SAN FRANCISCO, March 8, 2013 – Opera San Jose just completed outstanding performances of Verdi’s Il Trovatore. With every new performance, the Opera San Jose resident ensemble continually outdoes itself and sets expectations higher and higher.
Il Trovatore has all the makings of a traditional opera: personal vendetta, a doomed love triangle, war, vengeance, jealousy, passion, and a heart-stopping finish. It is set in 15thcentury Spain and is the story of two brothers (eventual Counts), separated at birth. One is presumed dead, and a gypsy family’s bond manages to unite these unlikely siblings. As stated, there is romance, obsession, retribution and a dramatic love story that ends in peril. Il Trovatore also features one of the most famous choral melodies ever written: the “Anvil Chorus.”
Cecilia Violetta Lopez in the role of Leonora put on an absolutely stunning performance. Leonora is the target of the bizarre love triangle and exudes all the emotions one would expect in such a situation. She truly evokes the life of Leonora with her thoughtful emotion and incredible range.
Alexander Boyer was magnificent in his performance as Manrico, the love-ridden gypsy who is continually trying to do the right thing. Unsure of his gypsy life, he seeks nothing more than the love and affections of his beloved Leonora.
Zachary Altman played the role of the unfortunate Count di Luna. The Count tries to impose himself on the lovely Leonora, but she will have absolutely none of it. Her heart lies eternally with Manrico. But Manrico is the Count’s sworn enemy. This drives his obsession with Leonora even deeper and he will stop at nothing until they are together.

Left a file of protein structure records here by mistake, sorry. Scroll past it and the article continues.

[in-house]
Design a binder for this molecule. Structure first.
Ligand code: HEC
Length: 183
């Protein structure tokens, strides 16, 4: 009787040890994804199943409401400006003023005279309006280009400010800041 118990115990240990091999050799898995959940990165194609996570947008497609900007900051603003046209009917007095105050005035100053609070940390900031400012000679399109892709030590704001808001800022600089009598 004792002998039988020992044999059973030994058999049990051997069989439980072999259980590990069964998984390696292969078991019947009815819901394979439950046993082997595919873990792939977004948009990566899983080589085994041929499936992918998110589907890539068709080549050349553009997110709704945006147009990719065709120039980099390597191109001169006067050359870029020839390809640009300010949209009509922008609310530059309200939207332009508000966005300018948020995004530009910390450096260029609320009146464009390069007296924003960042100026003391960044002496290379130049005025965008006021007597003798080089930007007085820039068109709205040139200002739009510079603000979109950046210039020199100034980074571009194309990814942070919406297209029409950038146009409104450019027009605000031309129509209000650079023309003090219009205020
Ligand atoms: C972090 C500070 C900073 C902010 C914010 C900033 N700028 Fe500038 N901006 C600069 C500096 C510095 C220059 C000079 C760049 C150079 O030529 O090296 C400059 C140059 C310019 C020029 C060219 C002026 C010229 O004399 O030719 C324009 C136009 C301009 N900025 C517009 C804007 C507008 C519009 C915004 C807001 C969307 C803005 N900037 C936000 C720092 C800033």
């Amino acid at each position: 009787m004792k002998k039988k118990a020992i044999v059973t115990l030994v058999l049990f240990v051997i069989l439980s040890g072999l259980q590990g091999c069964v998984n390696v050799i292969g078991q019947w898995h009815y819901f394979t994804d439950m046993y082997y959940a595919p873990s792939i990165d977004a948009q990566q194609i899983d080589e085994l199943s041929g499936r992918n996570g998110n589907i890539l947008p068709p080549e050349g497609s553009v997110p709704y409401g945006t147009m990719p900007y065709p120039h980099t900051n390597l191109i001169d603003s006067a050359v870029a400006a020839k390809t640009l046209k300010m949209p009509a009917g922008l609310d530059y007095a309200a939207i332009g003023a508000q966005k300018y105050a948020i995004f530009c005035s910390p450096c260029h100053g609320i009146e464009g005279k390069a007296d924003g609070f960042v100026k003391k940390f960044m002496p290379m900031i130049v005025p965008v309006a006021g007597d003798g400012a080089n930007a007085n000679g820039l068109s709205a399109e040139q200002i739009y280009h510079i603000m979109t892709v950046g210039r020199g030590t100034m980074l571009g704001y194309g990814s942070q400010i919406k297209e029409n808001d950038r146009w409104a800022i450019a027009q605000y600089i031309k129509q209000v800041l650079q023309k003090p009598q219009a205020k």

A standout performance also was given by Silas Elash in the role of Ferrando, the head of Count di Luna’s guardsmen. Also of note: Nicole Birkland, who gave a both elegant and disturbing performance in the role of Azucena, the half crazed, half loving gypsy mother of Manrico with nothing but vengeance on her mind.
Perhaps it was by design, but if there was a weak element in this presentation of Il Trovatore, it was the music. Verdi’s composition is slightly upbeat and somewhat confusing for such a dramatic and tragic story. Directed by David Rohrbaugh, the symphony played the score beautifully, however confusion hovered about the mysteriously light-hearted music at play during times of death and despair.
Opera San Jose performs at the beautiful and inspiring California Theatre. Coming up next for Opera San Jose: Puccini’s Suor Angelica & Gianni Schicchi, running April 13 – 28. This is a tale of redemption and a comedy of deceit. A nun seeks eternal salvation for her mortal sin while a cunning con artist seeks worldly riches in this double-bill of one-act operas.
For more information or to purchase tickets, go to www.operasj.org.
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